I doubt there has ever been a smoker genuinely happy to have failed at quitting smoking. Most successful quitters have suffered a relapse in the past, and most long term ex smokers know very intimately, the feelings of hopelessness and defeat that come with relapse.
The depression that comes with a failed quit smoking attempt can easily overwhelm the smoker, and leave them feeling as though genuine recovery is simply not possible. The fact is; relapse sucks and it sucks bad!
For those who do have such feelings, and who believe quitting smoking is based on impossible odds, I have this message:
There is a reason you will hear so many ex smokers exclaim the words “If I can, you can!” It is because your situation is no different to any ex smoker who has broken free of nicotine addiction. The disease is completely curable, even for you.
It doesn’t matter how long you have smoked, how many you smoke a day, where you live, where you work, what your financial situation is or what your home and family scenario is like. Nothing changes the fact that nicotine addiction is completely curable for every single human being on this planet.
So, why does it feel so impossible?
Because quitting smoking is hard. Very hard. It takes experience, knowledge, planning, self control, belief, support, desire, and above all else, a long term commitment to the healing process.
If you have relapsed, the first thing to accept is that you haven’t failed until you give up on giving up. Rather, you have gained powerful insights and a greater awareness of the healing process.
You have gained experience and more information. Information you can use to better prepare, better plan and better manage your next quit.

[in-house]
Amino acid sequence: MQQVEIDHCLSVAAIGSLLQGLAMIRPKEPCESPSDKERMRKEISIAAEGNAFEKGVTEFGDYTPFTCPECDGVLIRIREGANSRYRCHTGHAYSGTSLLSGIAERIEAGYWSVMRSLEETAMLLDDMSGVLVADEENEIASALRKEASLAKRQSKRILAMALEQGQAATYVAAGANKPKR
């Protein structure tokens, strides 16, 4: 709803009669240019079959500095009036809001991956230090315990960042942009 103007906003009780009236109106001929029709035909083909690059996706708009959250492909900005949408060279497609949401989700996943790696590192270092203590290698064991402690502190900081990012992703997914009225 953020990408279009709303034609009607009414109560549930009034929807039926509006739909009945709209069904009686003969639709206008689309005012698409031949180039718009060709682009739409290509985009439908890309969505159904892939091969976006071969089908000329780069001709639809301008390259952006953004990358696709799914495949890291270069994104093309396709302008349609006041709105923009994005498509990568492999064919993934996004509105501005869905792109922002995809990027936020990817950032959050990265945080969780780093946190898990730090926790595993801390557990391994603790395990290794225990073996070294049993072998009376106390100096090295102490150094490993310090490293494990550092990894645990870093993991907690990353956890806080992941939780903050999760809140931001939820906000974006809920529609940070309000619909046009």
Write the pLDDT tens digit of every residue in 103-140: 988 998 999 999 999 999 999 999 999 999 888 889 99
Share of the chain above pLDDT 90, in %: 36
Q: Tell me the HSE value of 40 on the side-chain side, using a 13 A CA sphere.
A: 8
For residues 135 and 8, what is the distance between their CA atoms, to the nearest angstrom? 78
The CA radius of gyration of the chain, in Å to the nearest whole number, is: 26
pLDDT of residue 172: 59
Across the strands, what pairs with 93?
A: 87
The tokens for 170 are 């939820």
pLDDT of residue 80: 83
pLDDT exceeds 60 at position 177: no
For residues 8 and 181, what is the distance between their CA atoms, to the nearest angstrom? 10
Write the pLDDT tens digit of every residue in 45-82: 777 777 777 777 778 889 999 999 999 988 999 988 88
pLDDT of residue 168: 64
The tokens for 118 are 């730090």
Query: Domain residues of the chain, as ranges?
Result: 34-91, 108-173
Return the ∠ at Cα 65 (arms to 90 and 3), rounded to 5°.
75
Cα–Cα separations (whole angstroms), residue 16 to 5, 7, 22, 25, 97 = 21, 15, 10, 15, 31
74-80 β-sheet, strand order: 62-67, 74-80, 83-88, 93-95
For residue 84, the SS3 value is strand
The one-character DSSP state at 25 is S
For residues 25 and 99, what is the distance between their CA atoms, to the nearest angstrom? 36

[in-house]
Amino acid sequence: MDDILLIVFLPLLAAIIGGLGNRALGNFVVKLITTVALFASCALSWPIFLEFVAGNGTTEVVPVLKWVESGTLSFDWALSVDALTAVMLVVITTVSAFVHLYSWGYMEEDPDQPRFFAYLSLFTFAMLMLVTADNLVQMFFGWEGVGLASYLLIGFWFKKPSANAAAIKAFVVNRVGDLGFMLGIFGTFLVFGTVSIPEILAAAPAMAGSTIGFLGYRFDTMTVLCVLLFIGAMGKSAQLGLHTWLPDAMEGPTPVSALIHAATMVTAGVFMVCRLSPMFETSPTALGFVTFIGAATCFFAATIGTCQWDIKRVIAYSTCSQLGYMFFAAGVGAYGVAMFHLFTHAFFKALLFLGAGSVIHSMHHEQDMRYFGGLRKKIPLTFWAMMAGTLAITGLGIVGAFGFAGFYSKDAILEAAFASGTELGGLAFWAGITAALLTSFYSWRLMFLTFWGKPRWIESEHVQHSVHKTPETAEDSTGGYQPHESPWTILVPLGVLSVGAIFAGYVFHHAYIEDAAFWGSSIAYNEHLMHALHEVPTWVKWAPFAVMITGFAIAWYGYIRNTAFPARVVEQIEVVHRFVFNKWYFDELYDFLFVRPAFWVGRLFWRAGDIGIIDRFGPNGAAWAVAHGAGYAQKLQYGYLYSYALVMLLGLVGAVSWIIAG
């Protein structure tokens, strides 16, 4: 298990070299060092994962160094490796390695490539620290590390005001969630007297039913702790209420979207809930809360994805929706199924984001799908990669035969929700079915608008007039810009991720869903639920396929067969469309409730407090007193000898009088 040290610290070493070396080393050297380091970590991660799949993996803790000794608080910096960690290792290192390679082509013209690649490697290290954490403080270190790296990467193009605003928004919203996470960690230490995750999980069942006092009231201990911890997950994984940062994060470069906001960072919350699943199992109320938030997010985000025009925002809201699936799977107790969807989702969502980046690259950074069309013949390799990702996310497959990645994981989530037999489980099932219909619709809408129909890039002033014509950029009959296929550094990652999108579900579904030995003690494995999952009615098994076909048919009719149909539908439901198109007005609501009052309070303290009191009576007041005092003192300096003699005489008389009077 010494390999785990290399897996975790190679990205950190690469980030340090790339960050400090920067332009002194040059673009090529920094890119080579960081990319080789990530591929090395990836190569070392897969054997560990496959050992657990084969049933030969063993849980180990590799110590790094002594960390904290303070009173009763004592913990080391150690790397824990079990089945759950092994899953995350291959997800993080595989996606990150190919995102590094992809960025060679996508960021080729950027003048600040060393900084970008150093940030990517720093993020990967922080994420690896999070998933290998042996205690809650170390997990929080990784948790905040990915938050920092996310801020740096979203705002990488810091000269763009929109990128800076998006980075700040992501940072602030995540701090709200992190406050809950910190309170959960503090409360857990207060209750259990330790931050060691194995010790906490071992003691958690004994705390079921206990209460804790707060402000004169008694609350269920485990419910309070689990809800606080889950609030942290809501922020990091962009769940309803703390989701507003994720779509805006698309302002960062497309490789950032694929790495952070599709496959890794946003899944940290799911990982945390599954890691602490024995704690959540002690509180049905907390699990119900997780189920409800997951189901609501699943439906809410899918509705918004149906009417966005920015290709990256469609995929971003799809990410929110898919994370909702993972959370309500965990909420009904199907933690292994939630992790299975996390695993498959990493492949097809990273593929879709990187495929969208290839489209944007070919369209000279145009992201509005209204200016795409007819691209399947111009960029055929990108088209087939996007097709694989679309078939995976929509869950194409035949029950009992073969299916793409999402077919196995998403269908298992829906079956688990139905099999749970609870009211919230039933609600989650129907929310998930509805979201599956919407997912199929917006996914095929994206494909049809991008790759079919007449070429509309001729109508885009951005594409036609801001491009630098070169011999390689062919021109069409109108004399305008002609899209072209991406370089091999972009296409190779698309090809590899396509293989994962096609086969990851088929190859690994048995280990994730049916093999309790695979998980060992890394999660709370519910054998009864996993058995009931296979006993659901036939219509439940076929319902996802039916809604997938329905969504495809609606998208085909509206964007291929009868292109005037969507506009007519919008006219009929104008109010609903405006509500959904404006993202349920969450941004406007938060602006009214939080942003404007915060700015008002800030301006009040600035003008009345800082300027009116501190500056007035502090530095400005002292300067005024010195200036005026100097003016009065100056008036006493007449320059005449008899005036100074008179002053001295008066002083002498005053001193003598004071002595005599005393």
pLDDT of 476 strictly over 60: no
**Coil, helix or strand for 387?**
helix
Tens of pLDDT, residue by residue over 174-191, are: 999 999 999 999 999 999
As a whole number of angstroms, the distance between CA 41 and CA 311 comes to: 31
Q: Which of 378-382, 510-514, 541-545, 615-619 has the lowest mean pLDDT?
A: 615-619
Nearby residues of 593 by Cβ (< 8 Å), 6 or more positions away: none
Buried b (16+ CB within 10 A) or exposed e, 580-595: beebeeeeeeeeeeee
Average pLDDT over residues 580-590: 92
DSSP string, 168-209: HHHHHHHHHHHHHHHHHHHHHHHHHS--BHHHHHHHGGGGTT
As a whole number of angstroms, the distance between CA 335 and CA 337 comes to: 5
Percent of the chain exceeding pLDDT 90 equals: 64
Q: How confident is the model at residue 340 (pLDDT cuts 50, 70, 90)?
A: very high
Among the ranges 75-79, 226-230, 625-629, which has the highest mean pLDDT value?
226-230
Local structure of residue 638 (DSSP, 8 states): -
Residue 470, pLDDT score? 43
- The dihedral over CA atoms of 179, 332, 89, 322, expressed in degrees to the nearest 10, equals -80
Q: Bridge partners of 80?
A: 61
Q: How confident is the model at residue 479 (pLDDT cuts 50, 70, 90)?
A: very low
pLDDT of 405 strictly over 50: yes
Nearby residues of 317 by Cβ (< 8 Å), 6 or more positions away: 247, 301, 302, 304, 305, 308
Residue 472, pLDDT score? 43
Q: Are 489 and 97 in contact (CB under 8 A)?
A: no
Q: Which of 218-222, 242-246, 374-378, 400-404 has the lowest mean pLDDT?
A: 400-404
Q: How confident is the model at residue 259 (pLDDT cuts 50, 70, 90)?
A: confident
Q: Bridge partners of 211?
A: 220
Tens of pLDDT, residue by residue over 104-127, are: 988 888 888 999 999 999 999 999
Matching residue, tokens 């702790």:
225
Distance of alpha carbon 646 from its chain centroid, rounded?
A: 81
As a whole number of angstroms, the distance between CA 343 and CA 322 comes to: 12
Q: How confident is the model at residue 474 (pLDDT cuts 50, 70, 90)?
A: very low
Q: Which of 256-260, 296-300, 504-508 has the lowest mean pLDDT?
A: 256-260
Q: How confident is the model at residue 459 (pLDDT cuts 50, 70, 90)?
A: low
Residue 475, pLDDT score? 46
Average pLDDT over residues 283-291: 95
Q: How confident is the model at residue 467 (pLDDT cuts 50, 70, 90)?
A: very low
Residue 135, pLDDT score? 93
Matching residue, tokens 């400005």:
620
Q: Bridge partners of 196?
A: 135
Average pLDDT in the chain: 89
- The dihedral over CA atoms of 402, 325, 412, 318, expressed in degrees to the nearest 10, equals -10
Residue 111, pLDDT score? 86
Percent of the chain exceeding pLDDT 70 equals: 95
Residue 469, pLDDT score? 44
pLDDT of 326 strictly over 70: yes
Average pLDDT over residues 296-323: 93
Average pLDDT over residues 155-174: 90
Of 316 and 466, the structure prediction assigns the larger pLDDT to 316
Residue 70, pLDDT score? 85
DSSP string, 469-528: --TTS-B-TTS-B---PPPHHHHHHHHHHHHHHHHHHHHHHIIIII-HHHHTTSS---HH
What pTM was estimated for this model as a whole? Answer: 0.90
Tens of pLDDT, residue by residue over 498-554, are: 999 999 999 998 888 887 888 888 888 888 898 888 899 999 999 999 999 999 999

“You haven’t failed until you give up on giving up.”
If you have failed to quit smoking, consider answering the following questions before launching your next quit smoking attempt:
- What was my breaking point and what can I do next time to help me overcome it?
- What have I learnt about the quit process and is there anything I can do differently to make the overall process easier?
- Do I truly believe I can heal and eventually stop thinking about smoking?
- Do I recognise the junkie brain and have I maximised the support I have available to help combat it?
- Could I come up with a more detailed plan?
- Do I need to re evaluate my reasons for quitting?
- Could I benefit from professional therapy, such as Cognitive Behavioural Therapy?
- Would a different method be more suitable to my scenario and needs?
- When should I set my next quit date?
If you need help, get it! Talk to other quitters and ex smokers as there are lots of tips and tricks you can use to get through the process. You don’t need to go it alone.
If you want freedom from a life of permanent need, a life of poor health and limited capability, you need to step up, make a new commitment and meet your demon head on!
STEP UP, MAKE A NEW COMMITMENT AND MEET YOUR DEMON HEAD ON.